Because of their drastic innovation to old processes, Alex is promoted to manager of the division, with many of the team members being promoted as well, Lou going along with Alex to the division headquarters. Upon consulting with Jonah one last time, Alex starts on the last task for his team, to help him determine what techniques of effective managers. The fivestep process consists of: 1. IDENTIFY the system’s constraint(s). 2. Decide how to EXPLOIT the system’s constraint(s).
Lastly, Alex applies the Socratic method to his marriage problems with his wife Julie. This side story makes the book more realistic to its audience, all the while showing real life stresses of balancing work and personal struggles and how these methods of problem solving can be applied universally, not just in a business setting.
The lessons learned in The Goal are not strictly relevant to manufacturing business, they are about life and any problem you approach. The techniques of questioning taught through the Socratic Method allow you to draw your own questions and conclusions about problems encountered. Furthermore, the book outlines techniques on the creation of clear metrics on improvements and productivity in any business.
By asking what the goal(s) of the business is/are, and how throughput (the rate at which the system generates money through sales), operational expenses (all the money the system spends in order to turn inventory into throughput), and inventory (all the money that the system has invested in purchasing things it BOOK REPORT: THE GOAL 3 intends to sell) are defined in relation to those terms, thus key metric units and measurements can be formed when data is collected. Increasing throughput while decreasing operational expenses and inventory is the goal of business and is usually expressed as profits, or making money.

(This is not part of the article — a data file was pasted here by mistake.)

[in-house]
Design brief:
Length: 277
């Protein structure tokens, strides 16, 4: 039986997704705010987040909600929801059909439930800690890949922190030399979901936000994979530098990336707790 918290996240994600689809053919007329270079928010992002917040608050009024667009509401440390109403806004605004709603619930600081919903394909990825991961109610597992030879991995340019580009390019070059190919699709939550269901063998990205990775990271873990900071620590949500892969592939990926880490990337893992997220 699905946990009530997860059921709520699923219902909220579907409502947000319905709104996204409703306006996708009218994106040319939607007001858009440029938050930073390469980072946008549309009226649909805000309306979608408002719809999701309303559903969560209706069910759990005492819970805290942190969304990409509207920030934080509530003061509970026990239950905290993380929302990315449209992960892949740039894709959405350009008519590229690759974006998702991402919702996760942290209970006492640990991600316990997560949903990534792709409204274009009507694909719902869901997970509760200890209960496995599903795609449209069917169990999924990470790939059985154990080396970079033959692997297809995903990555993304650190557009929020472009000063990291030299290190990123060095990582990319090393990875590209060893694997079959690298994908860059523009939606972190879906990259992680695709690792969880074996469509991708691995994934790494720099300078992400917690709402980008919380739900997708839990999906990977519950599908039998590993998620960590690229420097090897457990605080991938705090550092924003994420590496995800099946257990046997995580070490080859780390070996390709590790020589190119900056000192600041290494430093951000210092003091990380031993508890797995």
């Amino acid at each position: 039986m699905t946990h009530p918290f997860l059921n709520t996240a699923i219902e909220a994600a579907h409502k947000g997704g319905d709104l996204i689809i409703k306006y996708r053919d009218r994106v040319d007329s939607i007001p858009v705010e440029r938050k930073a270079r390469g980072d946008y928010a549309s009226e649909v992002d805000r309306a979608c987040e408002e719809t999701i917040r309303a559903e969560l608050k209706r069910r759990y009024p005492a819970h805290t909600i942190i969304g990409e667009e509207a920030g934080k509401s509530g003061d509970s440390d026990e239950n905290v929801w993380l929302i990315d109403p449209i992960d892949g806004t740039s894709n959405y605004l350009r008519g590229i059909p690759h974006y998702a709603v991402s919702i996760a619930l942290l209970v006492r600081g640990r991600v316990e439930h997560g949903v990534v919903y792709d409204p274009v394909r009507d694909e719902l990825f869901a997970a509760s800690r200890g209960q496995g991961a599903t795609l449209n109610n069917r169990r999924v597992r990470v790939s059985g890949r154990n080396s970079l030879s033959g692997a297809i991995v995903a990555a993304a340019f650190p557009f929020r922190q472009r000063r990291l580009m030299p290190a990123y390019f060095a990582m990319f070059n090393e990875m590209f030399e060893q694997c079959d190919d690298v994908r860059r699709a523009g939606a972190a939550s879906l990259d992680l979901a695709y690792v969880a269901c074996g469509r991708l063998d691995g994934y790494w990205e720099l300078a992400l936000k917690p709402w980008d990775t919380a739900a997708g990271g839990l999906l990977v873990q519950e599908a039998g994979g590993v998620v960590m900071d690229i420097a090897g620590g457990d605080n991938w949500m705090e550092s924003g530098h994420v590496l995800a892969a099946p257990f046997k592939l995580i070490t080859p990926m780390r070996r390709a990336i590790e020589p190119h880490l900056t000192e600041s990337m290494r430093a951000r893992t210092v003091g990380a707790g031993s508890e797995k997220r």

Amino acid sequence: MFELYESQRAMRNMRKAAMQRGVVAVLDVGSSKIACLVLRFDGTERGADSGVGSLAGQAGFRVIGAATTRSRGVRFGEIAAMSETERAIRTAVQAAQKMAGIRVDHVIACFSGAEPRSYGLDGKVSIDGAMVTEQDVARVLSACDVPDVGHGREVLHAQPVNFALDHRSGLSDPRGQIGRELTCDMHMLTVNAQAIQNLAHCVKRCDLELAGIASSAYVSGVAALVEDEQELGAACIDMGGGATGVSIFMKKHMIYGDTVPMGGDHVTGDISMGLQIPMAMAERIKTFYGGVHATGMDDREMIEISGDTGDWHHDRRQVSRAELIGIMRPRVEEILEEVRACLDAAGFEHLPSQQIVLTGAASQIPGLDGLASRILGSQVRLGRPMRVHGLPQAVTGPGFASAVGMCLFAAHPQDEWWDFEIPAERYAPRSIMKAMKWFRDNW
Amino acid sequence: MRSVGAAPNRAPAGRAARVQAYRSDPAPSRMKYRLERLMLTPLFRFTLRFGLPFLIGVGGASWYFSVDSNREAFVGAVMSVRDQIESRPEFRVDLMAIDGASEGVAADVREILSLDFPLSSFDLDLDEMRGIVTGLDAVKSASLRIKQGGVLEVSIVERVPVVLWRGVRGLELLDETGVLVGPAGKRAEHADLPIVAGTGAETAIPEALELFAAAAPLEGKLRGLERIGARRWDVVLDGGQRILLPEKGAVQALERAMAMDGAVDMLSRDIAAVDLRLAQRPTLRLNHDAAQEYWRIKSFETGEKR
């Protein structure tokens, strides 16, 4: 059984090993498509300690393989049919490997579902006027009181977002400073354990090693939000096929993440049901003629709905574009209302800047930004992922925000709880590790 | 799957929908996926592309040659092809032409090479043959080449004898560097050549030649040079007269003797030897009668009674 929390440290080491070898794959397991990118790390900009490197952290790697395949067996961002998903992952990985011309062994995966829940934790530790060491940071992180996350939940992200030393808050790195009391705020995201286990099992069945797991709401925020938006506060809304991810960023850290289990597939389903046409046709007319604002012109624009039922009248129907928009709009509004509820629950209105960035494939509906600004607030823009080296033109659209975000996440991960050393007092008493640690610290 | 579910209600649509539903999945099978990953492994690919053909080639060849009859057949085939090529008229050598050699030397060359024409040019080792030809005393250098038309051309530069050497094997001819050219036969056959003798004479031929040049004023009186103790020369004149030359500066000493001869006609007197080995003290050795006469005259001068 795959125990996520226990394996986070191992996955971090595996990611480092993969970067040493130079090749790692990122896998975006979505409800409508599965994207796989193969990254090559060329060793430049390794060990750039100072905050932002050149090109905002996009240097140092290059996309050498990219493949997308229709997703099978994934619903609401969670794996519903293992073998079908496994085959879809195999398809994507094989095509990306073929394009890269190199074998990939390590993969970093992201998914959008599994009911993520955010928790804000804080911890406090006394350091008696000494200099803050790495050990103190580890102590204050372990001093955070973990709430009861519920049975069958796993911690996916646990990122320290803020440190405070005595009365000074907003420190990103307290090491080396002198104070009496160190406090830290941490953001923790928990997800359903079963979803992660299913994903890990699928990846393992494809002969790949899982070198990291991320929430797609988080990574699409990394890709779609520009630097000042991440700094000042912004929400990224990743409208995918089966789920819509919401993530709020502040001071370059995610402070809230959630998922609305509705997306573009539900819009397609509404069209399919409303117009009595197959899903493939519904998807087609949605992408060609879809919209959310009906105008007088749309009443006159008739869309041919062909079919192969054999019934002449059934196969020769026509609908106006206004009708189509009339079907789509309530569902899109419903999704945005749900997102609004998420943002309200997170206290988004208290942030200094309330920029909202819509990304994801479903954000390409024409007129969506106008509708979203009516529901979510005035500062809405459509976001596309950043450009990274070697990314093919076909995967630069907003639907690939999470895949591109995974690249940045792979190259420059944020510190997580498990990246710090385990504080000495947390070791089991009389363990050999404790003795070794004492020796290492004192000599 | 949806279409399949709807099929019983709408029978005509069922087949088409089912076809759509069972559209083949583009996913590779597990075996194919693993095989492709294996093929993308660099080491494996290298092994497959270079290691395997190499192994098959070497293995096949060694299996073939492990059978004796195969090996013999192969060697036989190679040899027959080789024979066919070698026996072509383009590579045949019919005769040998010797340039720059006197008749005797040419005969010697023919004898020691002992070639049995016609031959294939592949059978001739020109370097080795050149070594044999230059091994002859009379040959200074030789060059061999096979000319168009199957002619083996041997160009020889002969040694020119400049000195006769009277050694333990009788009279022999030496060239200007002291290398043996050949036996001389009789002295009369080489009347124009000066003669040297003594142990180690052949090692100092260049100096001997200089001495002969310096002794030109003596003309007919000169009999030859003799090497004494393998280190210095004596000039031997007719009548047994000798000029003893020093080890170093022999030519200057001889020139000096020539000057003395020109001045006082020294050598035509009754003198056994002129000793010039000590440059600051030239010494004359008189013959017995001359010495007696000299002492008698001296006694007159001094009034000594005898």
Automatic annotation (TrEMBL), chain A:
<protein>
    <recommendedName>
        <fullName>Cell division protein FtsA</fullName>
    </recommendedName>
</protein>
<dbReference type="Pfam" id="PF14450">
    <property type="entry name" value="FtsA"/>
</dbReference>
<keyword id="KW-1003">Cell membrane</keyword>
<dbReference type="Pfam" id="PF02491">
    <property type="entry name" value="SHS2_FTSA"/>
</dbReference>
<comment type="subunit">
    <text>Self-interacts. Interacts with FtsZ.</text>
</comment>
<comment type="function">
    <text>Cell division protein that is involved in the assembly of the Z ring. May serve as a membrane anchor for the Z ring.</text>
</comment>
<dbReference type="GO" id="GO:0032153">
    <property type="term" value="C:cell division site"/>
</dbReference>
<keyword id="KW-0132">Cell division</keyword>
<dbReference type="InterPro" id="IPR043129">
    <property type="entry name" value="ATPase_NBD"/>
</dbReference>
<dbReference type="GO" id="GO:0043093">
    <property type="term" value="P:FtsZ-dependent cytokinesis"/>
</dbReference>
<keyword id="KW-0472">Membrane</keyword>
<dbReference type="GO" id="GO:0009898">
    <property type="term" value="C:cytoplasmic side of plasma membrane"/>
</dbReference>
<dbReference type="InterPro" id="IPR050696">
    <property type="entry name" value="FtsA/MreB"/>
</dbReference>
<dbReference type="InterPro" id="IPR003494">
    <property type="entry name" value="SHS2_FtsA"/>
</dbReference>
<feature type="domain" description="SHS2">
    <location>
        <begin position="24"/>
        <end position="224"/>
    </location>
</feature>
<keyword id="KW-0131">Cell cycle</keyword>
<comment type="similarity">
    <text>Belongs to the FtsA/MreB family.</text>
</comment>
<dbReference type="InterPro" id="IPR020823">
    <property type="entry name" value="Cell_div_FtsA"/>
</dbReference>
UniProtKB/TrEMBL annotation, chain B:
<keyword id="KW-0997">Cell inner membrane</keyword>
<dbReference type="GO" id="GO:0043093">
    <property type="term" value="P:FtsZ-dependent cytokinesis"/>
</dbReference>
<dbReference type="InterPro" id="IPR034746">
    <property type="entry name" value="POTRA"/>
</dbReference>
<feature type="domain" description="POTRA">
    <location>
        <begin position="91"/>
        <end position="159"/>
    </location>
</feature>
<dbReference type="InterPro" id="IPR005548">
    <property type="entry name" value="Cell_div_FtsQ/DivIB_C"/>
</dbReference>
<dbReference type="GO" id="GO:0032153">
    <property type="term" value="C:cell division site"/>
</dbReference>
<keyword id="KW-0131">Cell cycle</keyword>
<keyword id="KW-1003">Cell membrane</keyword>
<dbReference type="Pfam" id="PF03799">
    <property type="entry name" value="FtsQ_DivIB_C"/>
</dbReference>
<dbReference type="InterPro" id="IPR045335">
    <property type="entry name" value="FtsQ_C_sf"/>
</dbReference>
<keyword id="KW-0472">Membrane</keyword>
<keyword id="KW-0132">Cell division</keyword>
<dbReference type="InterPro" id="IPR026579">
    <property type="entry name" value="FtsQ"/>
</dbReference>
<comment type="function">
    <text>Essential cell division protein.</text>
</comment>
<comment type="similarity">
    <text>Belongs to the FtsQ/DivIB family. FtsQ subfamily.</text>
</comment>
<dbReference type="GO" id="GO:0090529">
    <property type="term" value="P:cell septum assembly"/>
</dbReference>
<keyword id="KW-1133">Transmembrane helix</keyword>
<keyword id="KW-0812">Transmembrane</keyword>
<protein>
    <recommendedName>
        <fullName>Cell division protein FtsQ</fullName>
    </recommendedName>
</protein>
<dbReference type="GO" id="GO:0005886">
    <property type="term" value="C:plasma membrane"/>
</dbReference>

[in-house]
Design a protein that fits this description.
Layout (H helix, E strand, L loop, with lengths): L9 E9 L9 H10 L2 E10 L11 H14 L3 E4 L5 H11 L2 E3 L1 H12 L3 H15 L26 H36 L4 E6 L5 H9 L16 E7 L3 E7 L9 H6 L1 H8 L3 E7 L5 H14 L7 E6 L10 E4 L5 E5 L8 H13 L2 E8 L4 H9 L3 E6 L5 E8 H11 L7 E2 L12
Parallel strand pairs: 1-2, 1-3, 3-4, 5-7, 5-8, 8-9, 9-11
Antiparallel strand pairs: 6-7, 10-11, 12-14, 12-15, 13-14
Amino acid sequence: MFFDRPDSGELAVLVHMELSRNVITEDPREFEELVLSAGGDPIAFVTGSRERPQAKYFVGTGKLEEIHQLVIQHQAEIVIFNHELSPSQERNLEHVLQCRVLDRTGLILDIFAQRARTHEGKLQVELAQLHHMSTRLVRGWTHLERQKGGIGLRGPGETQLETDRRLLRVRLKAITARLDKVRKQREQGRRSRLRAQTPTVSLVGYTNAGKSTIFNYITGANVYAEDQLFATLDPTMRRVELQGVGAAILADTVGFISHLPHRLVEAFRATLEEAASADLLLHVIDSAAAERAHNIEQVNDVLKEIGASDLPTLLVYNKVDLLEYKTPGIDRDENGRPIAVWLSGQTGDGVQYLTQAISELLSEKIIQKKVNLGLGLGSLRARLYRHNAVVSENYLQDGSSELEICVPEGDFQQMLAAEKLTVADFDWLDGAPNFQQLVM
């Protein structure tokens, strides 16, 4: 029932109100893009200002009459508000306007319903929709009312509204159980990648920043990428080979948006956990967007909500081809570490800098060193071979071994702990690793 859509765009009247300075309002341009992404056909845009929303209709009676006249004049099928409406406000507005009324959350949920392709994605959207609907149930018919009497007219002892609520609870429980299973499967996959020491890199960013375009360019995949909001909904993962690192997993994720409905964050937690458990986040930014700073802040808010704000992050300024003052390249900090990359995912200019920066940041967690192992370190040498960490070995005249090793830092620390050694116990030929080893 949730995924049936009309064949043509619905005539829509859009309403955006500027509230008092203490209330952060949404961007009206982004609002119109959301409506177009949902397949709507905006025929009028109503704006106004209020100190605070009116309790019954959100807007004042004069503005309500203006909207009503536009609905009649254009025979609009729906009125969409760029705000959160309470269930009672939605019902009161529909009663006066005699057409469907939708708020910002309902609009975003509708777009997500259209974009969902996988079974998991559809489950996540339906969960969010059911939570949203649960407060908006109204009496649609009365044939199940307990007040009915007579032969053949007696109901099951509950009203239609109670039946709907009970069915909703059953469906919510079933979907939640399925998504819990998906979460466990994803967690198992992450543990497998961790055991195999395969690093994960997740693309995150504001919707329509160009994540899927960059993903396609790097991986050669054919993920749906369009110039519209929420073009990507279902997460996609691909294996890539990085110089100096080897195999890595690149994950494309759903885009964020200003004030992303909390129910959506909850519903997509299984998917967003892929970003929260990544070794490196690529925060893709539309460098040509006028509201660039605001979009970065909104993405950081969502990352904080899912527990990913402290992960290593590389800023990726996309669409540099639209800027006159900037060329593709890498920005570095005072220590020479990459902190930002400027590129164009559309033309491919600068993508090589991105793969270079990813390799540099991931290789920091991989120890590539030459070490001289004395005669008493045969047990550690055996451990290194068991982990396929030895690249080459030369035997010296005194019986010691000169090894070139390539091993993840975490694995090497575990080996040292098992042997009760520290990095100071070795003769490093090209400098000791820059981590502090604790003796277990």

A huge lesson learned in this book is that numbers can be distorted, hence a true and accurate system of performance and profitability measurement cannot be based on what is assumed as an industry standard. Because many performance measurement techniques at UniCo are accepted at face value, the new profitability increases at Alex’s plant are underrepresented. The bottom line is not considered in his case, even though operating costs per unit are down and efficiencies are up, this productivity is being unrecognized. The lack in upper management’s questioning of metric definition is a real problem within many businesses today.
Productivity is meaningless unless you know what the goal is. This theme in the book looks to stress that exercising common sense and the Socratic method in creating metrics is essential in profitable and productive businesses. APPLICATION As I intend on owning my own business in the future, I will apply what I learned in the book by using the five step process for ongoing improvement when I hit an s-curve in profitability or efficiency. Being able to identify bottlenecks and constraints in my own business will enable me to be a problem-solver. I have received much advice already in my path to business owner.
Thus, applying the Socratic method to this advice will help me to be comparative and consider by which standards is this advice given. I want to stand out against my future competition, so my belief is that questioning the status quo in my methods will help me to produce a product and business that is truly unique in my intended market. Most of all, keeping the goal in sight is crucial. If you lose sight of what you are trying to achieve.